Staying Put in Retirement? Follow These Home Maintenance Tips
By Sonya Stinson
Twenty years ago, Rita Dauzat moved back into her parents’ home in Albuquerque, New Mexico, so she could care for her aging mother. Dauzat is now 77 and has lived alone in the house since her mother died seven years ago. The upkeep has become more and more challenging, as both she and the house have aged.
Dauzat’s burden lightened somewhat in 2010 when the North Campus Community Project, an all-volunteer nonprofit organization, set up in her neighborhood. The organization arranges volunteer help for seniors for things like rides to the grocery store and minor household repairs.
Volunteers have helped to replace Dauzat’s worn-out exterior doorframes, and twice a year someone comes to change the batteries in her smoke alarms. Before she replaced most of her lawn with gravel, the yard work was taken care of too. The next item on her agenda is to get her shower door fixed.
“Something is always broken,” said Dauzat, who was a medical secretary before her retirement.
One of the biggest barriers for retirees who want to stay in their own homes is maintaining their property, especially when they don’t have family nearby to help out with the upkeep. But seniors can stay in their homes longer and save money by taking advantage of volunteer help when it’s available, doing preventive maintenance and hiring reliable home improvement contractors who may even offer senior discounts.
Finding the Right Help
Dauzat, whose son lives out of state, is lucky to live in a neighborhood that’s part of a growing movement to form aging-in-place villages—networks of volunteer and paid service providers offering a variety of help to residents. There are 170 such communities nationwide, and another 160 are in development, said Natalie Galucia, director of the Village to Village Network, a national organization that helps new aging-in-place villages get organized.
In communities that belong to the Village to Village Network, board members do background checks on area contractors before adding them to their directories of area service providers, Galucia said. In many cases they also negotiate discounts for residents, who may pay an annual fee for membership in the village. You can look on the organization’s website to check if there’s an aging-in-place village near you.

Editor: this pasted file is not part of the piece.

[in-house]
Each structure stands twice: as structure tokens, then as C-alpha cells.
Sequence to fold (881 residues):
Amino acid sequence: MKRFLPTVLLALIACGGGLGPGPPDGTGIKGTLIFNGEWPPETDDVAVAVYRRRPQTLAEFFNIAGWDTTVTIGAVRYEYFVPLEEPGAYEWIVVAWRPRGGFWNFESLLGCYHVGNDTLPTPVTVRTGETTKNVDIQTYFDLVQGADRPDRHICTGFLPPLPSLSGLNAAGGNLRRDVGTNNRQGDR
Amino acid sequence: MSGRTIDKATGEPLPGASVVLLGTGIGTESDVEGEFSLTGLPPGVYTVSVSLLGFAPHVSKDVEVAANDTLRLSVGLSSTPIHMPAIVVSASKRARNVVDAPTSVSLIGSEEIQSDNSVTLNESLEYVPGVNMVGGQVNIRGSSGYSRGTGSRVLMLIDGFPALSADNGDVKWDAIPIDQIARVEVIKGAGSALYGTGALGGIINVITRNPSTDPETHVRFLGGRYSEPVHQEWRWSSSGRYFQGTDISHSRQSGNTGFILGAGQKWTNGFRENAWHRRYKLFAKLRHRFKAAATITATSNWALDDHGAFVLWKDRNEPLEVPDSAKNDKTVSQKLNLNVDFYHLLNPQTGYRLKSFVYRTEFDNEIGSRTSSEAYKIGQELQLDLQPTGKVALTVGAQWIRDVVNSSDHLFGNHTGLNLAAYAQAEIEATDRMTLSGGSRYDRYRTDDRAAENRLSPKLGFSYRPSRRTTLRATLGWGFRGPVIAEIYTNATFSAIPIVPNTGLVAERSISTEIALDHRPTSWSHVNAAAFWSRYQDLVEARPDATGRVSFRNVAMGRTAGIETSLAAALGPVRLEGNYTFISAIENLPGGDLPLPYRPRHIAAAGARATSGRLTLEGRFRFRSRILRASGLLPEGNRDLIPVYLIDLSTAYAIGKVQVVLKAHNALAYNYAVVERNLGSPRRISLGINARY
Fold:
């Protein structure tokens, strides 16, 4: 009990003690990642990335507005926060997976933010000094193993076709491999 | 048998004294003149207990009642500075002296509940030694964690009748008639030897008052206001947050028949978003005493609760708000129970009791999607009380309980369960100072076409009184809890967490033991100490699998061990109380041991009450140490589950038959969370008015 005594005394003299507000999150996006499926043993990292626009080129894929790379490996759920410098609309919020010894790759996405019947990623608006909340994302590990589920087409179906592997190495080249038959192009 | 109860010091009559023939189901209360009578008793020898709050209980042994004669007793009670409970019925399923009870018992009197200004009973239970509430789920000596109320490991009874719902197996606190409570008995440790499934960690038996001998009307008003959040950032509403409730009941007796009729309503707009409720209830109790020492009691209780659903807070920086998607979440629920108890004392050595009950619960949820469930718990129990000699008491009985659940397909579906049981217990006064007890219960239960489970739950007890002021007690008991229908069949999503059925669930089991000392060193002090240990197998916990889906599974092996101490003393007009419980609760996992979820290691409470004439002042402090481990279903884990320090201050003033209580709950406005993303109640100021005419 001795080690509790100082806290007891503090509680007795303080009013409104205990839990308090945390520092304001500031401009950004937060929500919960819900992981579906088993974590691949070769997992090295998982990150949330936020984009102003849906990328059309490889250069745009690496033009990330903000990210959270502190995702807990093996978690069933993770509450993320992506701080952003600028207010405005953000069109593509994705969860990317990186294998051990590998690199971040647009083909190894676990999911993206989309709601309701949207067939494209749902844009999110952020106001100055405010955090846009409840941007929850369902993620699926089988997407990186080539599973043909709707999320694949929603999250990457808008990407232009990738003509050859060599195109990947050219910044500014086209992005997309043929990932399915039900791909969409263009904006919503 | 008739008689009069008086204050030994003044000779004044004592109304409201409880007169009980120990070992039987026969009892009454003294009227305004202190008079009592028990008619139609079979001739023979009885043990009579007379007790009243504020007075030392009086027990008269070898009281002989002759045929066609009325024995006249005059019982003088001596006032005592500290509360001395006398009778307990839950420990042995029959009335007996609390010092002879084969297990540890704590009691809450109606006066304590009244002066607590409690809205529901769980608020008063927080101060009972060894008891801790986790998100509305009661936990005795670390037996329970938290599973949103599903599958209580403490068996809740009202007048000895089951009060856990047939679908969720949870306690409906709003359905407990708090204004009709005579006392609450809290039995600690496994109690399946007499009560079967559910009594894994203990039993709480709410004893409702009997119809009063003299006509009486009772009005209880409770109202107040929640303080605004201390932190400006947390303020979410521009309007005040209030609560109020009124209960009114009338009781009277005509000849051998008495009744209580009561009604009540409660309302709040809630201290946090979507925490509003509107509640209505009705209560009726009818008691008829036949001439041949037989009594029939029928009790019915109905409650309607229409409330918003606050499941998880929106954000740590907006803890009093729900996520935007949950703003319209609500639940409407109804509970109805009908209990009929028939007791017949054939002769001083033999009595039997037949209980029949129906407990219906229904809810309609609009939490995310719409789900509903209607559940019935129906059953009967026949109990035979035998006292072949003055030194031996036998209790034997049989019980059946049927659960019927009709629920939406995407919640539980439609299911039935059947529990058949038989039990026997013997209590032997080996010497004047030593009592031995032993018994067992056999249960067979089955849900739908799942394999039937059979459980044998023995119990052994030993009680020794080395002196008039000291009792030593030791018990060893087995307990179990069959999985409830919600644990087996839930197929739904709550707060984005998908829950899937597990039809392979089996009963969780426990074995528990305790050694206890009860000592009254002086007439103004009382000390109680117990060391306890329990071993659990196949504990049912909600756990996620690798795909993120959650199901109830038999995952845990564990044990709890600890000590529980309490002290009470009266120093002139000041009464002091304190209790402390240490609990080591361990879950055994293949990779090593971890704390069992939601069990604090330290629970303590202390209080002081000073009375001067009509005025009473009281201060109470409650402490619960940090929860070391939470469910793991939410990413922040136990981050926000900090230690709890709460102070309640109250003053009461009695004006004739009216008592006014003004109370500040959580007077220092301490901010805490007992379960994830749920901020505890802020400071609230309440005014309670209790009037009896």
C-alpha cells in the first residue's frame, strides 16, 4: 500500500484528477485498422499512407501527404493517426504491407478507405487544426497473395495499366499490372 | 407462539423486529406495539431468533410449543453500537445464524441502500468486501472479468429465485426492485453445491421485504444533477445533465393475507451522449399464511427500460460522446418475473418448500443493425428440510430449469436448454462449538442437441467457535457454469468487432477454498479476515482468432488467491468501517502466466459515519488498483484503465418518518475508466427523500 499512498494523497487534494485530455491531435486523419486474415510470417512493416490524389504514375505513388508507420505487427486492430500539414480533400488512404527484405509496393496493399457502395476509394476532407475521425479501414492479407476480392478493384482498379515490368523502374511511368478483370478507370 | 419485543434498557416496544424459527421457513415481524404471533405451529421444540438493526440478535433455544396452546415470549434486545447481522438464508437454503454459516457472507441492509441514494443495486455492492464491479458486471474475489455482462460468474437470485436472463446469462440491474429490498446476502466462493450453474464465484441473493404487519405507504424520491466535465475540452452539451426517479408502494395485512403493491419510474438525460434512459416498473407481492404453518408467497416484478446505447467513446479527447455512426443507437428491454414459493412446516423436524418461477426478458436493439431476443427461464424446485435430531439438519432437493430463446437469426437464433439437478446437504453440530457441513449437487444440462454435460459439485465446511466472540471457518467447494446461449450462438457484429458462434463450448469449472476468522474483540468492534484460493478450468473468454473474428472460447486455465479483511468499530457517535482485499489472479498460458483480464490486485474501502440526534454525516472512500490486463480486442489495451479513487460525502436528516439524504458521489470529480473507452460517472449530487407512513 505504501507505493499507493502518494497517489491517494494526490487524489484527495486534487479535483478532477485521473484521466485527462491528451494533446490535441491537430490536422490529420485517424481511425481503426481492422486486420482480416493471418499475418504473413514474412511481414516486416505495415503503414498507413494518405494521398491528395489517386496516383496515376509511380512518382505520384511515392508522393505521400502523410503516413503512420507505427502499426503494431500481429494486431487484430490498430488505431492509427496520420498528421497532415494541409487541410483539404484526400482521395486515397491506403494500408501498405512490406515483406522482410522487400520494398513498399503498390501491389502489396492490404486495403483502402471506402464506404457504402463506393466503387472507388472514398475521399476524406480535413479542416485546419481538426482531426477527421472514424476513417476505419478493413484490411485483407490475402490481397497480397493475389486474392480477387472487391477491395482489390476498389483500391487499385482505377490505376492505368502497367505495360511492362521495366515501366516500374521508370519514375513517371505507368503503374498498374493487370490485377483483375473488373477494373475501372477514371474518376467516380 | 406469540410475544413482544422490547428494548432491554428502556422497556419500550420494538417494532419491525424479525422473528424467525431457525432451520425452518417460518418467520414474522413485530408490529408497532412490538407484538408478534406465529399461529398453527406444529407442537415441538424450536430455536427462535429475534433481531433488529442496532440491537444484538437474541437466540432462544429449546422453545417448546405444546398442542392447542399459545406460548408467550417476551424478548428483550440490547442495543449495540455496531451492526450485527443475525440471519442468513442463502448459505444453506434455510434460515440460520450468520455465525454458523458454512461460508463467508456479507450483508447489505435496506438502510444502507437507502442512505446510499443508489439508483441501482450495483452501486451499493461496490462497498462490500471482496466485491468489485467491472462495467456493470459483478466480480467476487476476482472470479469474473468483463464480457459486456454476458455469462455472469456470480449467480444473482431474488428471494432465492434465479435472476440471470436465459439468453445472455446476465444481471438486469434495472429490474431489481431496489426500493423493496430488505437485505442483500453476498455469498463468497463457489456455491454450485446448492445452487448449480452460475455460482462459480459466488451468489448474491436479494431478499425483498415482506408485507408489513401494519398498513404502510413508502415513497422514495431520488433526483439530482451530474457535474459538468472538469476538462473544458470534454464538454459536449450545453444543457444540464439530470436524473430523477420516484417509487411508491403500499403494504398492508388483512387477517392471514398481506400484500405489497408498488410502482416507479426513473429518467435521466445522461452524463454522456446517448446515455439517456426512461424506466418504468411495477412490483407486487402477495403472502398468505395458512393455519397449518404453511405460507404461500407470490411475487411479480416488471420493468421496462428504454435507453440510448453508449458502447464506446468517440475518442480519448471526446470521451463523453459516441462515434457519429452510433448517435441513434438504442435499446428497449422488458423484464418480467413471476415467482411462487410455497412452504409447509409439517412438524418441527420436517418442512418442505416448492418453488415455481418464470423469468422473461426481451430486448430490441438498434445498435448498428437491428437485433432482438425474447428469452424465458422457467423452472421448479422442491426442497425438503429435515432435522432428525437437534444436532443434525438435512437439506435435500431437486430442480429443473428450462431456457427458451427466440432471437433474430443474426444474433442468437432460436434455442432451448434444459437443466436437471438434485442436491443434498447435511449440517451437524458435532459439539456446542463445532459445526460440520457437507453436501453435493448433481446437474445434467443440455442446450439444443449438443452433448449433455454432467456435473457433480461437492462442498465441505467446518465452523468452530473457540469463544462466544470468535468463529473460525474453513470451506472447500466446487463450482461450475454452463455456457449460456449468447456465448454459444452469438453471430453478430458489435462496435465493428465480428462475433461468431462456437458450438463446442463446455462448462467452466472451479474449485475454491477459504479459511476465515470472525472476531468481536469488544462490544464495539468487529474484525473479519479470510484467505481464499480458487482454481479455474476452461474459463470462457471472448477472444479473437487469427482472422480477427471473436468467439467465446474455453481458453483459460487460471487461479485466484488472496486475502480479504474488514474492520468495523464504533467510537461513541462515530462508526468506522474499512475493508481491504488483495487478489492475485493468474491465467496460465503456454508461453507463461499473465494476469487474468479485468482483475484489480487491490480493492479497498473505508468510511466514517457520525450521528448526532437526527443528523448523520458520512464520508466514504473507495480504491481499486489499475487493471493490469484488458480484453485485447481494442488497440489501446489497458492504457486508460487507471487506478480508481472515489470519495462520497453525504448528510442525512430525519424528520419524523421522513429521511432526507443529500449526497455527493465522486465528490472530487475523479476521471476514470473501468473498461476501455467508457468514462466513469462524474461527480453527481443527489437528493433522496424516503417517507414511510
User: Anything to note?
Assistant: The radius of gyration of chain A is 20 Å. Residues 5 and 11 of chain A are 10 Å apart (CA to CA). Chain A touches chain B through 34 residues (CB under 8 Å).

If you don’t have a local volunteer organization to provide assistance, there are many other resources to help seniors with home maintenance. Consider home contractor referral businesses like Aging in Place Referrals; HomeAdvisor and Angie’s List; or HandyPro, a home improvement franchise that specializes in senior home modifications.
When you’re looking for a contractor to help you around the house, it’s important to conduct a thorough background check to be sure you’re working with a trusted partner. Here are three guidelines to follow when seeking out help:
1. Be wary when the help comes to you first. “I would never hire a contractor who comes knocking on your door and says he’s been doing work in your neighborhood,” said Debra Cohen, owner of Aging in Place Referrals and creator of the Homeowner Referral Network® business model. “That’s the number-one home improvement scam, particularly for seniors.”
2. Get several references. Cohen recommends getting at least three customer references, and she advises asking the contractor for a trade reference. “Ask them where they buy their lumber or where they buy their paint,” she said. Finding out from their vendors whether contractors pay their bills on time will tell you lot about whether their businesses are financially solvent.
3. Look for experience. Seek out contractors who not only have many years of experience in their trade but also have been running their own business for a while. “That proves that their business is sound and that they’re not going anywhere,” Cohen said.
Once you’ve found a reliable contractor or other source of assistance, you should address some home maintenance basics to keep your overall living costs down.Steps like adding insulation and having your HVAC and plumbing systems checked regularly help keep utility bills in check, Cohen noted.
Here are three more home maintenance tips that can save a lot of money in the long run:
1. Get your heating and cooling system tuned up twice a year, and change the air filter at least every three months. Regular maintenance will extend the life of the equipment, a big plus when you consider that replacing a furnace, for example, costs an average of nearly $3,900, according to HomeAdvisor.
2. Insulate your attic and seal air leaks around windows, doors, plumbing fixtures and electrical outlets. These steps can save you up to 10 percent a year on your energy bill, according to the U.S. Department of Energy.
3. Keep your gutters clean. Gutters clogged with debris can cause gushes of rainwater that can damage your home from the roof to the ground. If the water soaks your foundation, fixing it can cost thousands of dollars, according to HouseLogic.
By keeping these tips in mind and tapping into every resource available to help with your home maintenance, you’ll be able to enjoy your retirement years in your own home for a lot longer.
Sonya Stinson is a writer for print and web publications, businesses and nonprofit organizations. She writes about higher education, careers, small business, retirement and personal finance.
Originally published on Northwestern MutualVoice on Forbes.com.